Europe takes its Champagne significantly—significantly sufficient to pour hundreds of cans of Miller Excessive Life down the drain for calling itself the “Champagne of Beers.”
Strict rules govern whether or not merchandise could be designated “Champagne,” and a commerce group known as the Comité Champagne helps implement these guidelines. In early February, per the committee’s request, officers in Antwerp, Belgium, intercepted and destroyed a 2,352-can cargo initially headed for Germany.
The Belgium-based firm Westlandia dealt with the destruction of the beer, making certain that each the cans and their content material have been recycled in an environmentally accountable method, based on the committee’s website.
“This destruction is the results of a profitable collaboration between Belgian customs authorities and the Comité Champagne,” says Charles Goemaere, the committee’s managing director, in a statement. “It confirms the significance that the European Union attaches to designations of origin and rewards the willpower of the Champagne producers to guard their designation.”
The European Union has “a system of protected geographical designations” that exist to “assure the true origin and high quality of artisanal meals, wine and spirits”—a market that generates half of its practically $90 billion yearly from wines, writes the Associated Press’ Samuel Petrequin.
The Champagne title can solely be used for glowing wines created from particular grape varieties within the Champagne area in northern France utilizing conventional manufacturing processes. Any items marketed as Champagne that don’t meet these necessities are thought-about counterfeit.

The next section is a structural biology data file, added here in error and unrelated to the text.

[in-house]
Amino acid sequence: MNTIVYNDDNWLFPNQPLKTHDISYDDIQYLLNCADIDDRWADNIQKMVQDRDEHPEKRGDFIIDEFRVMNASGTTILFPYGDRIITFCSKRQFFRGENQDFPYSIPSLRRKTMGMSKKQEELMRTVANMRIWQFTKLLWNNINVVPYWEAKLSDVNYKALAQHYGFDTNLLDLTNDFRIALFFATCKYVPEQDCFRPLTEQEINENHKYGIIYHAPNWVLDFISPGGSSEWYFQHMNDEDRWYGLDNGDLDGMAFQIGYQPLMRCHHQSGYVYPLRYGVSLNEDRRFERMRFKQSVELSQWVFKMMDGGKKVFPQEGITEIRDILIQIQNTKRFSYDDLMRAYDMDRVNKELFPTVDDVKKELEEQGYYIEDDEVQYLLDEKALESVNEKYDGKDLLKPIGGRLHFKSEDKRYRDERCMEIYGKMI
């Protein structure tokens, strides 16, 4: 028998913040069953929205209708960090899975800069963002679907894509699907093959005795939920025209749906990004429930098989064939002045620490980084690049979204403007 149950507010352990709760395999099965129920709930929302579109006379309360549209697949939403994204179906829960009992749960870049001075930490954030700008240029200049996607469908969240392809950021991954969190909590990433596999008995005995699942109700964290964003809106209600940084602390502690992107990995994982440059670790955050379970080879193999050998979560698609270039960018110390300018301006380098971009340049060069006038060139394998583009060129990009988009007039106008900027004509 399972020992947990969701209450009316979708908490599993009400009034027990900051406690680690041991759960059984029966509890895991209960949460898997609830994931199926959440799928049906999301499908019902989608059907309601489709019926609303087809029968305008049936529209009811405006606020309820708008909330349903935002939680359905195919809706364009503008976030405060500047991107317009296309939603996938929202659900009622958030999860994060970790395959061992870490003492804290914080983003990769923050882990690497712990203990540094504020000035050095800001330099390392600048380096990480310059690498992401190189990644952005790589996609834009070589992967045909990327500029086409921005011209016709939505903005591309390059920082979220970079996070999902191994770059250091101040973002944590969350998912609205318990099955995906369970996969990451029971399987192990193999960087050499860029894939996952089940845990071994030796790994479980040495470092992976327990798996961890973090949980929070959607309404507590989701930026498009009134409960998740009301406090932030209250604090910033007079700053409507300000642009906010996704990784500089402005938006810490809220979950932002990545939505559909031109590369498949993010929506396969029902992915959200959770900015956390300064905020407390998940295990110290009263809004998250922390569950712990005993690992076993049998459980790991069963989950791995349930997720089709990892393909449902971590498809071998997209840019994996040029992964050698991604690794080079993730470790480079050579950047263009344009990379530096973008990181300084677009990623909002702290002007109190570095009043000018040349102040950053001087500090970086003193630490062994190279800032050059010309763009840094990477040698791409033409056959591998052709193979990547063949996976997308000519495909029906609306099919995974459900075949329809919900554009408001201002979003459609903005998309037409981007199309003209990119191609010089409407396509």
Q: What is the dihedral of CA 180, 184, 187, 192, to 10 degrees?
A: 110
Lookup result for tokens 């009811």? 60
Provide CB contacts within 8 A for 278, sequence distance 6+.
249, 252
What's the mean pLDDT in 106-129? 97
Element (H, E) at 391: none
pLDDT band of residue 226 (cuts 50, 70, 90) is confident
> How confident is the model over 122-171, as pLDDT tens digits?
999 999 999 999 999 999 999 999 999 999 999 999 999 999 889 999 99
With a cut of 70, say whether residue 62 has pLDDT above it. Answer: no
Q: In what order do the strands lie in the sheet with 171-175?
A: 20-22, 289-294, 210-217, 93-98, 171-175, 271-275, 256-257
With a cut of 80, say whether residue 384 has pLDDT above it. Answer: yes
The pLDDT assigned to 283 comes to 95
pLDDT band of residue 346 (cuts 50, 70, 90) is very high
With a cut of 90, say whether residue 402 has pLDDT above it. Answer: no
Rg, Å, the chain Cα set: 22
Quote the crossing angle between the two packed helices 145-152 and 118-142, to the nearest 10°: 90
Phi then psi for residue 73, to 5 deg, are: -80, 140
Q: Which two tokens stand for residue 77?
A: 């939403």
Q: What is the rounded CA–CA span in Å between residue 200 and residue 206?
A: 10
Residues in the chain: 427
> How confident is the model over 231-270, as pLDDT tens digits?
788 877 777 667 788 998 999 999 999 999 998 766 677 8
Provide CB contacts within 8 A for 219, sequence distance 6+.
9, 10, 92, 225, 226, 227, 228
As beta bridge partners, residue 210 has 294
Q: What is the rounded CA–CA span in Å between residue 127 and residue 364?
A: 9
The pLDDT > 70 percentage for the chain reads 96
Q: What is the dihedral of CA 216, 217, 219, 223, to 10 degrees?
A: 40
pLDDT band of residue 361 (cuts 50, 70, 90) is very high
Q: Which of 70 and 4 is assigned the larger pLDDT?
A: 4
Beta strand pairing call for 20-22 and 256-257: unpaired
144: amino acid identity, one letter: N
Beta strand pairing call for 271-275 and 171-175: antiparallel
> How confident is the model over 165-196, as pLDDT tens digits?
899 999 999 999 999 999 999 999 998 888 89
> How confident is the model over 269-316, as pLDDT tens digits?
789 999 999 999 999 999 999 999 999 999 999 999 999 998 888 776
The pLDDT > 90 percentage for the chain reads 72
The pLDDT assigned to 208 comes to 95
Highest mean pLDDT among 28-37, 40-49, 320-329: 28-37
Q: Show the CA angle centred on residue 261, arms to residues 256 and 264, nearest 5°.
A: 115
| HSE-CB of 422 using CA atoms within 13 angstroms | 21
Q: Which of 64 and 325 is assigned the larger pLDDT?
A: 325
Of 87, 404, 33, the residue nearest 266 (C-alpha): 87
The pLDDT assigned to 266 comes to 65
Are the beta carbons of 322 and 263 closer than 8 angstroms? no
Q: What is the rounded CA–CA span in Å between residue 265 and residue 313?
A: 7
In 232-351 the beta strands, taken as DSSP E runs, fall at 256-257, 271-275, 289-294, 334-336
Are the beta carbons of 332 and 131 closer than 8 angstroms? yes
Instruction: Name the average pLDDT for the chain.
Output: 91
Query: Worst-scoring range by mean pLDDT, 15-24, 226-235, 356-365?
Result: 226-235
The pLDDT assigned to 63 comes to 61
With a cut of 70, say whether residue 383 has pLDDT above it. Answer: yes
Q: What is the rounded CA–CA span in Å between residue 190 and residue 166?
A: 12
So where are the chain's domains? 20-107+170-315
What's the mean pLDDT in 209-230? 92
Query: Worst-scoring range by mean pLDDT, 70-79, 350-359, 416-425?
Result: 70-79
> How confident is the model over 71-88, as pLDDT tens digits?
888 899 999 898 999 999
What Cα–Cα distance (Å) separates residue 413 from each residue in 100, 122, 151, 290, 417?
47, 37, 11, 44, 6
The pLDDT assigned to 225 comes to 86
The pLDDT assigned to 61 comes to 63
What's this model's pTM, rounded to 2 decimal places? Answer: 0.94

Though shoppers are unlikely to unintentionally decide up a can of Miller Excessive Life once they meant to purchase a bottle of the well-known bubbly, the “Champagne of Beers” slogan refers to “the celebrity and the repute” of Champagne, which have to be protected, Goemaere tells Canadian Broadcasting Corporation’s Nil Köksal.
“That is vital for the neighborhood of producers who’ve invested lots to make their wines well-known all through the world,” he says. “It is also essential for the shoppers. We attempt to ensure that when shoppers ask for a glass of champagne in a bar or purchase a bottle of Champagne in a grocery store or in a retailer, they get precisely what they have been anticipating.”
Miller Excessive Life has used the slogan, initially a reference to the glass bottles it was offered in, for greater than a century. “In fact, we respect native restrictions across the phrase ‘champagne,’” says Molson Coors Beverage Co., which makes the beer, in an announcement to USA Today’s Mike Snider, “however we stay happy with Miller Excessive Life, its nickname and its Milwaukee, Wisconsin, provenance.”
“We invite our associates in Europe to the U.S. any time to toast the Excessive Life collectively,” the corporate provides.